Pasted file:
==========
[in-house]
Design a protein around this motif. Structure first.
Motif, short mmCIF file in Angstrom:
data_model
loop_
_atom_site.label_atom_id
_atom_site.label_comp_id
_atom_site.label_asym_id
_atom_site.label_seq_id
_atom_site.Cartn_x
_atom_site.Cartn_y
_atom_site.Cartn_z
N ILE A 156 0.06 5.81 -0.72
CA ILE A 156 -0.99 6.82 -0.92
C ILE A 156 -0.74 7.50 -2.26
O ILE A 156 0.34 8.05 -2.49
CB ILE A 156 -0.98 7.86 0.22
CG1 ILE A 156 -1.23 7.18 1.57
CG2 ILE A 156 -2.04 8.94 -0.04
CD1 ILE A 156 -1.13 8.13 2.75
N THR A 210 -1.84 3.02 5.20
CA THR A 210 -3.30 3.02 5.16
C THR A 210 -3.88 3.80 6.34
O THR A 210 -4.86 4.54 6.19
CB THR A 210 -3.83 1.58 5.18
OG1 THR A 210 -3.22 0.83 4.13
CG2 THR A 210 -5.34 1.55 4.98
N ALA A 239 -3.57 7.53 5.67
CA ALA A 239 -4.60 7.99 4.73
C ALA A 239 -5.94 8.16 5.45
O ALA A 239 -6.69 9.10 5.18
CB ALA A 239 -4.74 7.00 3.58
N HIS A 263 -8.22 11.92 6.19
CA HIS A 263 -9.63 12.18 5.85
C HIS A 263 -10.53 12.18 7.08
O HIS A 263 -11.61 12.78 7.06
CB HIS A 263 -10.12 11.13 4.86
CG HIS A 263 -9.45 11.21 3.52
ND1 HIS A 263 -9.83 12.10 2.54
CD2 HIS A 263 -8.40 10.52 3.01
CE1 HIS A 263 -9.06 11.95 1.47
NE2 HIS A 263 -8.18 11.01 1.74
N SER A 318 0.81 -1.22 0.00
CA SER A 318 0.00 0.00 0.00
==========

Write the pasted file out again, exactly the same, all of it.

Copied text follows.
[in-house]
Design a protein around this motif. Structure first.
Motif, short mmCIF file in Angstrom:
data_model
loop_
_atom_site.label_atom_id
_atom_site.label_comp_id
_atom_site.label_asym_id
_atom_site.label_seq_id
_atom_site.Cartn_x
_atom_site.Cartn_y
_atom_site.Cartn_z
N ILE A 156 0.06 5.81 -0.72
CA ILE A 156 -0.99 6.82 -0.92
C ILE A 156 -0.74 7.50 -2.26
O ILE A 156 0.34 8.05 -2.49
CB ILE A 156 -0.98 7.86 0.22
CG1 ILE A 156 -1.23 7.18 1.57
CG2 ILE A 156 -2.04 8.94 -0.04
CD1 ILE A 156 -1.13 8.13 2.75
N THR A 210 -1.84 3.02 5.20
CA THR A 210 -3.30 3.02 5.16
C THR A 210 -3.88 3.80 6.34
O THR A 210 -4.86 4.54 6.19
CB THR A 210 -3.83 1.58 5.18
OG1 THR A 210 -3.22 0.83 4.13
CG2 THR A 210 -5.34 1.55 4.98
N ALA A 239 -3.57 7.53 5.67
CA ALA A 239 -4.60 7.99 4.73
C ALA A 239 -5.94 8.16 5.45
O ALA A 239 -6.69 9.10 5.18
CB ALA A 239 -4.74 7.00 3.58
N HIS A 263 -8.22 11.92 6.19
CA HIS A 263 -9.63 12.18 5.85
C HIS A 263 -10.53 12.18 7.08
O HIS A 263 -11.61 12.78 7.06
CB HIS A 263 -10.12 11.13 4.86
CG HIS A 263 -9.45 11.21 3.52
ND1 HIS A 263 -9.83 12.10 2.54
CD2 HIS A 263 -8.40 10.52 3.01
CE1 HIS A 263 -9.06 11.95 1.47
NE2 HIS A 263 -8.18 11.01 1.74
N SER A 318 0.81 -1.22 0.00
CA SER A 318 0.00 0.00 0.00